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Tuesday, Aug 9, 2022

Milk with Dignity pushes for "leche justa"

<span class="photocreditinline"><a href="">EMMANUEL TAMRAT</a></span>

“Hannaford, escucha. Estamos en la lucha. Leche justa, a mi me gusta.” Protesters chanted this  phrase — which loosely translates to “Hannaford, listen, we are fighting for fair trade milk” — as they gathered outside of the Middlebury branch of the Hannaford supermarket. Through their protests on Saturday, Nov. 2, they demanded that the chain only buy its milk from dairy farms that respect the human rights of their workers.

Eighty to 100 farmworkers, organizers, Middlebury community members and Middlebury students attended the protest, which was organized by Middlebury students Olivia Pintair ’22.5 and Hannah Ennis ’22.5 and hosted by student organizations Juntos and Middlebury Refugee Outreach Club (MiddROC). 

The protest was part of the Milk with Dignity Day of Action. Migrant Justice, a solidarity collective aimed at improving the economic and human rights of farmworkers in the northeast, organized the campaign with similar events at 21 Hannaford’s locations in Vermont, Maine, New Hampshire and Massachusetts.

Eleuterio, a prominent member of the Migrant Justice Coordination Committee and an Addison County dairy worker, and Jose Ignacio, a dairy worker in Shoreham, spoke to those assembled about the alleged human rights violations they have experienced as dairy workers in Addison County.

“I work on a farm in Addison county where . . . there are no raises. Where there are no vacations. Where we work 12, 13, 14 hours a day. Where we take only 30 to 40-minute breaks to eat. This is not just,” Euleterio said.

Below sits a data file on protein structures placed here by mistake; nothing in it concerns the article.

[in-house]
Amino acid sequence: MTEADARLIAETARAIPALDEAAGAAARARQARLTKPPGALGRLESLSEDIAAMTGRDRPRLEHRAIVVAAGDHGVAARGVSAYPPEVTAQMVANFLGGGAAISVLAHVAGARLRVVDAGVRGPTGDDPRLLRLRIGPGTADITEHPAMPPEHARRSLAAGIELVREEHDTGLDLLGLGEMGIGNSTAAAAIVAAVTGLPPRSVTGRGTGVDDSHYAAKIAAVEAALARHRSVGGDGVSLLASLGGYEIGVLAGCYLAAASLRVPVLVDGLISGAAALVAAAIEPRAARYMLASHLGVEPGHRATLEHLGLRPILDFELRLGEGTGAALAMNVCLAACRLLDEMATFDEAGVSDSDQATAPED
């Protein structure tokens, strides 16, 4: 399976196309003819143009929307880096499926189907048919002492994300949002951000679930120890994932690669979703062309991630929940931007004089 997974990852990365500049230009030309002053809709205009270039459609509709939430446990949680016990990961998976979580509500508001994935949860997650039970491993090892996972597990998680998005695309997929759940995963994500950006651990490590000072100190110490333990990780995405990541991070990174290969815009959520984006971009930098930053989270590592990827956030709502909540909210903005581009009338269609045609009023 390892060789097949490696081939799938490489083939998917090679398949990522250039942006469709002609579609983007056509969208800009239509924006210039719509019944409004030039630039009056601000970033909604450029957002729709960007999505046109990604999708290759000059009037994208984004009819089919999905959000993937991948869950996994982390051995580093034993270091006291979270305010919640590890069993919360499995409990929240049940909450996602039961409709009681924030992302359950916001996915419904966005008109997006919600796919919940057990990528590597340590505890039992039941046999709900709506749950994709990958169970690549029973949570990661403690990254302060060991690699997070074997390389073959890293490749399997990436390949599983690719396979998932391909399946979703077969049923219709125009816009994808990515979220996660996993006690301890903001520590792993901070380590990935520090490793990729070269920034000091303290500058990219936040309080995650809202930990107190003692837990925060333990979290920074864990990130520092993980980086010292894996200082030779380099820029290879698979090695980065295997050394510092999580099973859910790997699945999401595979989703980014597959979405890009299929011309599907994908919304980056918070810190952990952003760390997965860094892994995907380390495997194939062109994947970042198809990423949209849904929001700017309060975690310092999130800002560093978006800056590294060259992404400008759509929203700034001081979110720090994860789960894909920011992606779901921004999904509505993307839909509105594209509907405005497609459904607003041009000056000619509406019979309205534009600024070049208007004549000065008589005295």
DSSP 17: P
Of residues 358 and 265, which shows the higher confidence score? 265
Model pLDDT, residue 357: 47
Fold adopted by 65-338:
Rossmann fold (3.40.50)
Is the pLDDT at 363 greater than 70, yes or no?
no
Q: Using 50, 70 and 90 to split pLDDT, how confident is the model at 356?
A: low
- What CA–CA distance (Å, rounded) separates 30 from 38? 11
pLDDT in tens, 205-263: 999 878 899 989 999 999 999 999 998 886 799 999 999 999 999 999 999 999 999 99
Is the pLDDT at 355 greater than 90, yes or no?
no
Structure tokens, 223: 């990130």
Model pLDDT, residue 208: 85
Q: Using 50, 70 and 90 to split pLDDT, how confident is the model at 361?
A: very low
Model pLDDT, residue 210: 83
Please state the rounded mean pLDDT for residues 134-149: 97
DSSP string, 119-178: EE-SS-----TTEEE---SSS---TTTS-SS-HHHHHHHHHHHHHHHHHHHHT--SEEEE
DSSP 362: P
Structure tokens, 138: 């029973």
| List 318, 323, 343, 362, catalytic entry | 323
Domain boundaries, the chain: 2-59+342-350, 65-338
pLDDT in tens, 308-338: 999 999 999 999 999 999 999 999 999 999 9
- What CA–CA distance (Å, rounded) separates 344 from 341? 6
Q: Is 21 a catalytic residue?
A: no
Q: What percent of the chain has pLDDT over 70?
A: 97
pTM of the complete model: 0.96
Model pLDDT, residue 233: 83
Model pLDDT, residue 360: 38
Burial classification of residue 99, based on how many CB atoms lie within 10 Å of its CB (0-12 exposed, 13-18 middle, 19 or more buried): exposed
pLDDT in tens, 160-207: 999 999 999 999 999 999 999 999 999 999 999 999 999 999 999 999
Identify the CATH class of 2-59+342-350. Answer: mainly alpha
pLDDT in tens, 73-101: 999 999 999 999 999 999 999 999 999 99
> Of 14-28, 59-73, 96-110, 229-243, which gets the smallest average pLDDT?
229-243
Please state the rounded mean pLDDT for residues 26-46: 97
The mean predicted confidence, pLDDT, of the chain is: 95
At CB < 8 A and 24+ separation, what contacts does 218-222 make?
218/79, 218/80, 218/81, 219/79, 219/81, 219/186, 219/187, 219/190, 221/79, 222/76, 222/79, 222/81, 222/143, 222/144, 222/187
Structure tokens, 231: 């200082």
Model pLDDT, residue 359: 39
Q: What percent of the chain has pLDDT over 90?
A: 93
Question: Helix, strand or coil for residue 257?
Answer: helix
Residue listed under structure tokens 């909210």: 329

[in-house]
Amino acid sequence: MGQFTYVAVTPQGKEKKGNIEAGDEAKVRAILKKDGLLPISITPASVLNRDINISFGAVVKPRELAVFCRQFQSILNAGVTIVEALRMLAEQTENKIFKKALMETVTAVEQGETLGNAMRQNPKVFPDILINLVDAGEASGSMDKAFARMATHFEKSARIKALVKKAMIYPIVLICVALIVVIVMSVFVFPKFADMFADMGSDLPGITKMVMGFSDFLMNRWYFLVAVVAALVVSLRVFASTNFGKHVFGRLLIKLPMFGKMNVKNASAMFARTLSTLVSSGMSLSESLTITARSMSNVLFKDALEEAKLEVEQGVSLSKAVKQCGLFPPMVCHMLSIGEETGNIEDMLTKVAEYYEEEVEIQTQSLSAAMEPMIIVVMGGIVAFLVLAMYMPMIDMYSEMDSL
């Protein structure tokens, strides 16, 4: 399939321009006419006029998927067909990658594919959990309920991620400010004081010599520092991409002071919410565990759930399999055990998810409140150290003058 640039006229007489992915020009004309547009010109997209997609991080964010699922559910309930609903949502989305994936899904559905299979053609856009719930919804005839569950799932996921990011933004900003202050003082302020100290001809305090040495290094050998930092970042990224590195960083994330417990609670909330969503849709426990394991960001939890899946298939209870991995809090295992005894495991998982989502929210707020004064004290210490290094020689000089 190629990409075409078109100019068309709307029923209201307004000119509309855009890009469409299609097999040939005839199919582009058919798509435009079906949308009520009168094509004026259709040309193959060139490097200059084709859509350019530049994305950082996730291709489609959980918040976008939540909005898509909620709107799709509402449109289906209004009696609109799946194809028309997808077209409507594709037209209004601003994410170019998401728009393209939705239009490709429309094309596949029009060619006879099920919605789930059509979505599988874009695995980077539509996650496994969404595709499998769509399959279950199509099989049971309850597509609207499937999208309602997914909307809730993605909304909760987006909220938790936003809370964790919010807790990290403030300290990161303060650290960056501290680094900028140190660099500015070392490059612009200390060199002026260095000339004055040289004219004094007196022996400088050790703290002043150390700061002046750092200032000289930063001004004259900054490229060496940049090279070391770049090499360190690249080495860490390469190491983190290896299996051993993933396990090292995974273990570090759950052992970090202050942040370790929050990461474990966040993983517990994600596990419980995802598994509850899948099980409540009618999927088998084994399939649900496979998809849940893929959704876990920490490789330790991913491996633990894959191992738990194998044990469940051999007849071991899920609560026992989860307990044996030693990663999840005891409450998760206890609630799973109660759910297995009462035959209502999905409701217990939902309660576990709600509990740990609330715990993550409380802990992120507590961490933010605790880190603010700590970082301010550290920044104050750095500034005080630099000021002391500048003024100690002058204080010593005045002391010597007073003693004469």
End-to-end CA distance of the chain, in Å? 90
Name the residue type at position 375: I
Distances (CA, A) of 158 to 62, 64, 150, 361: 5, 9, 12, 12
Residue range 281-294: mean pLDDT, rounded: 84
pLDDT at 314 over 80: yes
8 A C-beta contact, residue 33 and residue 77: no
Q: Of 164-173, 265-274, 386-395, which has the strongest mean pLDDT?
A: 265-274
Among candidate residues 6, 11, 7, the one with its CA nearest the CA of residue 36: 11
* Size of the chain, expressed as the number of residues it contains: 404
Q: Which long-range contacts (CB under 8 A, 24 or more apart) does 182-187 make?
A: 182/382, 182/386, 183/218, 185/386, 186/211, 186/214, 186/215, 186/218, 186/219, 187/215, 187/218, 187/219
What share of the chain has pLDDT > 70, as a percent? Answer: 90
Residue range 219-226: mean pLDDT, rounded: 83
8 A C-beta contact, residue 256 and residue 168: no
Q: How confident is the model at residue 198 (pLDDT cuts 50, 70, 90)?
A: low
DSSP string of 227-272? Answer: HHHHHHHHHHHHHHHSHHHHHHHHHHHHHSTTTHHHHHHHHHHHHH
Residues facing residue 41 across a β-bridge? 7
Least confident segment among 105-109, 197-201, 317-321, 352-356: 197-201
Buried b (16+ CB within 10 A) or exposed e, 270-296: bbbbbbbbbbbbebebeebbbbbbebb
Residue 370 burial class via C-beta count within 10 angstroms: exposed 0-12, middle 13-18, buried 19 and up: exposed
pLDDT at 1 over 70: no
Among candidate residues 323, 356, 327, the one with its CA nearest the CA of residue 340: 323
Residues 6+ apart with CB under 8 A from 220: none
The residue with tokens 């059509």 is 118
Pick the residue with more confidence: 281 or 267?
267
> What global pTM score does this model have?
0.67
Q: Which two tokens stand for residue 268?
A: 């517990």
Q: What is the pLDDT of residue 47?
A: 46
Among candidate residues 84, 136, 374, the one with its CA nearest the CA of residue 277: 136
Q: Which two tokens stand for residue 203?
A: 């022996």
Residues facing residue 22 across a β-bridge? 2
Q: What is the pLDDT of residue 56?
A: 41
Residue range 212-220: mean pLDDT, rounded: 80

The Milk with Dignity program started in 2014, and Migrant Justice and Ben & Jerry’s signed the first Milk with Dignity contract in 2017. In June of 2019, Migrant Justice launched a campaign calling on Hannaford, a major dairy buyer with nearly 200 stores throughout the northeast, to join the Milk with Dignity Program. 

Should the supermarket agree to join the program, it would only buy its milk from dairy farms that agree to follow the Milk With Dignity Code of Conduct, which includes “adequate breaks, time off, paid sick leave, humane and safe staffing and working conditions and fair housing.” These farms have to comply with Milk with Dignity Standards Council (MDSC) monitoring to ensure their adherence to the code. They must guarantee that their workers have unfettered access to MDSC complaint mechanisms and worker-to-worker education about their rights. In order to not place undue financial burden on the already-struggling Vermont dairy industry, Hannaford would pay an extra premium to farms to support wage increases. The supermarket would also “sign a legally-binding agreement that defines the program as an enforceable contract under law,” according to the Migrant Justice website.

A 2014 survey of nearly 200 Vermont dairy workers conducted by Migrant Justice showed that 40% of workers receive less than the Vermont minimum wage, 40% have no days off and 20% have their pay illegally withheld.